How to Calculate the Area of a Regular Hexagon - MywallpapersMobi

# Apothem

Not to be confused with apothegm .

Apothem of a hexagon

1.5x, //upload.wikimedia.org/wikipedia/commons/thumb/5/5e/Regular_polygon_side_count_graph.svg/440px-Regular_polygon_side_count_graph.svg.png 2x” data-file-width=”512″ data-file-height=”768″ />

Graphs of side , s ; apothem , a and area , A of regular polygons of n sides and circumradius 1, with the base , b of a rectangle with the same area – the green line shows the case n = 6

The apothem (sometimes abbreviated as apo [1] ) of a regular polygon is a line segment from the center to the midpoint of one of its sides. Equivalently, it is the line drawn from the center of the polygon that is perpendicular to one of its sides. The word “apothem” can also refer to the length of that line segment. Regular polygons are the only polygons that have apothems. Because of this, all the apothems in a polygon will be congruent .

For a regular pyramid , which is a pyramid whose base is a regular polygon, the apothem is the slant height of a lateral face; that is, the shortest distance from apex to base on a given face. For a truncated regular pyramid (a regular pyramid with some of its peak removed by a plane parallel to the base), the apothem is the height of a trapezoidal lateral face.

For an equilateral triangle, the apothem is equivalent to the line segment from the midpoint of a side to any of the triangle’s centers , since an equilateral triangle’s centers coincide as a consequence of the definition.

## Contents

• 1 Properties of apothems
• 2 Finding the apothem
• 4 References

## Properties of apothems[ edit ]

The apothem a can be used to find the area of any regular n-sided polygon of side length s according to the following formula, which also states that the area is equal to the apothem multiplied by half the perimeter since ns = p.

$\displaystyle A=\frac nsa2=\frac pa2.$

A
=

n
s
a

2

=

p
a

2

.

\displaystyle A=\frac nsa2=\frac pa2.

This formula can be derived by partitioning the n-sided polygon into n congruent isosceles triangles , and then noting that the apothem is the height of each triangle, and that the area of a triangle equals half the base times the height.

An apothem of a regular polygon will always be a radius of the inscribed circle. It is also the minimum distance between any side of the polygon and its center.

This property can also be used to easily derive the formula for the area of a circle, because as the number of sides approaches infinity, the regular polygon’s area approaches the area of the inscribed circle of radius r = a.

$\displaystyle A=\frac pa2=\frac (2\pi r)r2=\pi r^2$

A
=

p
a

2

=

(
2
π
r
)
r

2

=
π

r

2

\displaystyle A=\frac pa2=\frac (2\pi r)r2=\pi r^2

## Finding the apothem[ edit ]

The apothem of a regular polygon can be found multiple ways.

The apothem a of a regular n-sided polygon with side length s, or circumradius R, can be found using the following formula:

$\displaystyle a=\frac s2\tan \left(\frac \pi n\right)=R\cos \left(\frac \pi n\right).$

a
=

s

2
tan

(

π
n

)

=
R
cos

(

π
n

)

.

\displaystyle a=\frac s2\tan \left(\frac \pi n\right)=R\cos \left(\frac \pi n\right).

The apothem can also be found by

$\displaystyle a=\frac s2\tan \!\left(\frac \pi (n-2)2n\right).$

a
=

s
2

tan

(

π
(
n

2
)

2
n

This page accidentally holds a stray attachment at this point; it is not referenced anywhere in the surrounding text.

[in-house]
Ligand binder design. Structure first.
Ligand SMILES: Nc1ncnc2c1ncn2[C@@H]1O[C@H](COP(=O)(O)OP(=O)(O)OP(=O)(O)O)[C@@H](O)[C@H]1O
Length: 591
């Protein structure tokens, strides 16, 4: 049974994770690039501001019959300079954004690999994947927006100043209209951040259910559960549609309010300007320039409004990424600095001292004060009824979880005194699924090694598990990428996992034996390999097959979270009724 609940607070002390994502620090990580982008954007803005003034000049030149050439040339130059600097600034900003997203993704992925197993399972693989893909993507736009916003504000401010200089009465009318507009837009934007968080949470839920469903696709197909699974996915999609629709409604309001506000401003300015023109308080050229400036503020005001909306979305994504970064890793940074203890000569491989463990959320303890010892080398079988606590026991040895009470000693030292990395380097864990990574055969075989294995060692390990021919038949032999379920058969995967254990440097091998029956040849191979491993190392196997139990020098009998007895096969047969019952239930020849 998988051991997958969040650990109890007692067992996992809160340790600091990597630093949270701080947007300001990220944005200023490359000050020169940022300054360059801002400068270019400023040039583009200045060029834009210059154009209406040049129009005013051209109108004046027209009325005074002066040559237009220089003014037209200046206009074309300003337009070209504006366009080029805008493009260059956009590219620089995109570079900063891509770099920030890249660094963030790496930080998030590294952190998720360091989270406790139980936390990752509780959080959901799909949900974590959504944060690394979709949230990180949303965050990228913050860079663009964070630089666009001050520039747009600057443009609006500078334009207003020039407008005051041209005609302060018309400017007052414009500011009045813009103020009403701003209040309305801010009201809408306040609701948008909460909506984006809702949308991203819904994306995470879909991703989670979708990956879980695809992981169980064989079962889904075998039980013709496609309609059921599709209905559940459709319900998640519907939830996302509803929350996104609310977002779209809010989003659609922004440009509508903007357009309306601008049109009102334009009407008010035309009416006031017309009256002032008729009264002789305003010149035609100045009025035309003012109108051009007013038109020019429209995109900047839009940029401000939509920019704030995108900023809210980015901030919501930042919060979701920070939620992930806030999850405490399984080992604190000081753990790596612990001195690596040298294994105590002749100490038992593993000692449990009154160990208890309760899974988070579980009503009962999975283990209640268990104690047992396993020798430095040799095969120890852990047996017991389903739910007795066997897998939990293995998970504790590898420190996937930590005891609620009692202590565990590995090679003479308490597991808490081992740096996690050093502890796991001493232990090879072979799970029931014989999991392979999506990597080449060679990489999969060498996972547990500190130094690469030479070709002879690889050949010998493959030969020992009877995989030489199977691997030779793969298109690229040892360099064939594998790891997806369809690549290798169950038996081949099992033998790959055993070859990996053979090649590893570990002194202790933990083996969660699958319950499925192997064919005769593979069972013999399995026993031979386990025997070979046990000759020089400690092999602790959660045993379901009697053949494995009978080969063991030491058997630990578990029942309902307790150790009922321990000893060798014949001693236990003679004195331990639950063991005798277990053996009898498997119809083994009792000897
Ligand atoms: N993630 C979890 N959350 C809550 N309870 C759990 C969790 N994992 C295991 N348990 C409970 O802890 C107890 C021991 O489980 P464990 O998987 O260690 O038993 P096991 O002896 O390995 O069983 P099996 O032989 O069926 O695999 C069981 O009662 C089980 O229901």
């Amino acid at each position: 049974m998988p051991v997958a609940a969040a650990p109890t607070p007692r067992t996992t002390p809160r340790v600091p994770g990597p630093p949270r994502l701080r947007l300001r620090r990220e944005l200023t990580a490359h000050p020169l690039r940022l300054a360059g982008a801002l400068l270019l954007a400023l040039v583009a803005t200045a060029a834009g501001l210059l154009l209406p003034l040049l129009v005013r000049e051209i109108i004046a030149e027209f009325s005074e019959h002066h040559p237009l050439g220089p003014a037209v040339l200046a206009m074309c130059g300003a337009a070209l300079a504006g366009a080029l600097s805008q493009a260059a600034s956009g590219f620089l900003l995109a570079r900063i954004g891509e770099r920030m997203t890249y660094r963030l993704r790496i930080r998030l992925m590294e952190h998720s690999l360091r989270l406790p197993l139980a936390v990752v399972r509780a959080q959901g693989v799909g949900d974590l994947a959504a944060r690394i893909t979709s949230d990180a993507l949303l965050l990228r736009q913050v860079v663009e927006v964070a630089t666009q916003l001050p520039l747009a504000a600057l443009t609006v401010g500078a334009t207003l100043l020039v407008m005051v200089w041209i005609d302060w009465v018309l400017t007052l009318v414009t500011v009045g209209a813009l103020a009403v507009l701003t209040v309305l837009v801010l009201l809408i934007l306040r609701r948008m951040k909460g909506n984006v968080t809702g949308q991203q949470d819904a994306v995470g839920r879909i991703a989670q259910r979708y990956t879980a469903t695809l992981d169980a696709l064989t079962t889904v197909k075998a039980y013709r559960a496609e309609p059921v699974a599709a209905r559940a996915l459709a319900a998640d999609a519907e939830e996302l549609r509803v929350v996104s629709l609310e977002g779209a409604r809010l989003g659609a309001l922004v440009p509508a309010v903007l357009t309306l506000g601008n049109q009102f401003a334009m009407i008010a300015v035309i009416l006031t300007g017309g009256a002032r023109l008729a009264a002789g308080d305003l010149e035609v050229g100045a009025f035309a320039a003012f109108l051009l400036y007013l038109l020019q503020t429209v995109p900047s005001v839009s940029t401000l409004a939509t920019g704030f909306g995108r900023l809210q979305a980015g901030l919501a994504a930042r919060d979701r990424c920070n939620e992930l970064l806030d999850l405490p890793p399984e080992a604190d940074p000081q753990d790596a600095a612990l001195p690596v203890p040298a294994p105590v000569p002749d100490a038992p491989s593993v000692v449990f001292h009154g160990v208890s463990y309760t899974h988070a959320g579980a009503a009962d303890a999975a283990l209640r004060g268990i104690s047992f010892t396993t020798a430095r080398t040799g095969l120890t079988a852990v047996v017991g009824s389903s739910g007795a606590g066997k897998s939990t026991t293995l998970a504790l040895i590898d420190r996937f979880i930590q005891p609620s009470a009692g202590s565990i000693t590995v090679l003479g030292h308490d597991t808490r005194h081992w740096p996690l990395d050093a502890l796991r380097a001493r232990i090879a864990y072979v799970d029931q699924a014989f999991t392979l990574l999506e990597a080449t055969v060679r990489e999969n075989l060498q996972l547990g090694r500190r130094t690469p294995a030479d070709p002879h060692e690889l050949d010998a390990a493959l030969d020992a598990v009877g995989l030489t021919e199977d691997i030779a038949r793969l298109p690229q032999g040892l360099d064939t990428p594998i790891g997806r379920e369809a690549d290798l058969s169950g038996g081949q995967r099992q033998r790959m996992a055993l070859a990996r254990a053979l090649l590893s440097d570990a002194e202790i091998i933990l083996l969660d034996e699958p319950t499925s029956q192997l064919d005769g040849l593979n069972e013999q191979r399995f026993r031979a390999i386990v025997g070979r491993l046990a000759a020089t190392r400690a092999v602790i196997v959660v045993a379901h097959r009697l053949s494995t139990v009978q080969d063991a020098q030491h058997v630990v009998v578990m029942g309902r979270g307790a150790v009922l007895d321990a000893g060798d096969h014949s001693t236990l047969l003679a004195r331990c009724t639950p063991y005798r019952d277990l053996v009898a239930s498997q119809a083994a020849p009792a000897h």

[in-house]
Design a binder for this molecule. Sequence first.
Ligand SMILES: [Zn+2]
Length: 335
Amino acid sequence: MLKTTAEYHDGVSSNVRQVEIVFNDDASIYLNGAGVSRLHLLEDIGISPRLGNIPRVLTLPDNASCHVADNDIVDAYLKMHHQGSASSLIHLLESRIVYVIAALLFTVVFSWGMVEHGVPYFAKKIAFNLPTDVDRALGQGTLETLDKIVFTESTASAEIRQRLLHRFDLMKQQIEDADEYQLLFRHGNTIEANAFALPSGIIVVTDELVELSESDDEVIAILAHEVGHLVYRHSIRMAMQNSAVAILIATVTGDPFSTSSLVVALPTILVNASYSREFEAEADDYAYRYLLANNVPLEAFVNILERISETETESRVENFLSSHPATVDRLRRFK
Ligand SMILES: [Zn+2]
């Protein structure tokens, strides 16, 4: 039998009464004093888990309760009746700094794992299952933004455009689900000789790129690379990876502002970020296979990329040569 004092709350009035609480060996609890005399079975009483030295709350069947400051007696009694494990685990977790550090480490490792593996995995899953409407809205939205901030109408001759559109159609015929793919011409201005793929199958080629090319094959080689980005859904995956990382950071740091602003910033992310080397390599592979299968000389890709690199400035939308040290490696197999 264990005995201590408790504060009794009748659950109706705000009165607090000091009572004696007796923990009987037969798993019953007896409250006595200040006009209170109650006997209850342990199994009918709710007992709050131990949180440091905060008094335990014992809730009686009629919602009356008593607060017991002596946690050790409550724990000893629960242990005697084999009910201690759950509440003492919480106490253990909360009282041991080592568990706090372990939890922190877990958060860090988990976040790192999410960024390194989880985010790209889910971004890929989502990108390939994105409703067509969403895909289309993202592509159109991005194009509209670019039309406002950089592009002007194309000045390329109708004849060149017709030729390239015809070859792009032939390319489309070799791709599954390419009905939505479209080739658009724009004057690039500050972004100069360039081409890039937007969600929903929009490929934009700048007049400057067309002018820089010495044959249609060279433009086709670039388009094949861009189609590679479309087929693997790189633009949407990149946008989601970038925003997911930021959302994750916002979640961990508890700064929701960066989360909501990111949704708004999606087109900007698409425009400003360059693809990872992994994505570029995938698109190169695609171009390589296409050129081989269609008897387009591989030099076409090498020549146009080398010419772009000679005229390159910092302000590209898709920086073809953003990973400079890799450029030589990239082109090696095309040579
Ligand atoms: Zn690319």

)

.

\displaystyle a=\frac s2\tan \!\left(\frac \pi (n-2)2n\right).

These formulae can still be used even if only the perimeter p and the number of sides n are known because

$\displaystyle s=\frac pn.$

s
=

p
n

.

\displaystyle s=\frac pn.

• Circumradius of a regular polygon
• Sagitta (geometry)
• Chord (trigonometry)
• Slant height

## References[ edit ]

1. ^ Shaneyfelt, Ted V. “德博士的 Notes About Circles, ज्य, & कोज्य: What in the world is a hacovercosine?” . Hilo, Hawaii: University of Hawaii . Archived from the original on 2015-09-19. Retrieved 2015-11-08.

 Look up apothem in Wiktionary, the free dictionary.
• Apothem of a regular polygon With interactive animation
• Apothem of pyramid or truncated pyramid
• Pegg, Jr., Ed . “Sagitta, Apothem, and Chord” . The Wolfram Demonstrations Project .

Categories :

• Polygons

### Personal tools

• Not logged in
• Talk
• Contributions
• Create account

• Article
• Talk

### Views

• Edit
• View history

### Search

• Main page
• Contents
• Featured content
• Current events
• Random article
• Donate to Wikipedia
• Wikipedia store

### Interaction

• Help
• Community portal
• Recent changes
• Contact page

### Tools

• Related changes
• Special pages
• Page information
• Wikidata item

### Print/export

• Create a book
• Printable version

### In other projects

• Wikimedia Commons

### Languages

• Asturianu
• Български
• Bosanski
• Català
• Deutsch
• Eesti
• Español
• Euskara
• Français
• Galego
• Հայերեն
• Italiano
• עברית
• Nederlands
• Oʻzbekcha/ўзбекча
• Polski
• Português
• Română
• Русский
• Slovenščina
• Српски / srpski
• Suomi
• தமிழ்
• Тоҷикӣ
• Українська
• 中文

• This page was last edited on 16 November 2018, at 12:57 (UTC).
• Disclaimers
• Contact Wikipedia
• Developers
• Mobile view

for Teachers
for Schools
for Enterprise

for Teachers
for Schools
for Enterprise

• Plans
• Plans
• Courses
Courses

Find Courses by Subject

• Science
• Math
• Psychology
• History
• English
• Social Science
• Humanities
• Spanish
• ACT & SAT Test Prep
• Teacher Certification
• Professional Development

By Education Level

• College
• High School
• Middle School

Explore over
4,100
video courses

Browse All Courses

• Credit
Credit

Credit Options

• Online College Credit
• High School & GED
• Certificates of Completion
• How it Works

Earn Transferable Credit & Get your Degree fast

• Degrees
Degrees

Find Degrees by Subject

• Agriculture
• Architecture
• Biological and Biomedical
Sciences
• Communications and Journalism
• Computer Sciences
• Culinary Arts and Personal
Services
• Education
• Engineering
• Legal
• Liberal Arts and Humanities
• Mechanic and Repair Technologies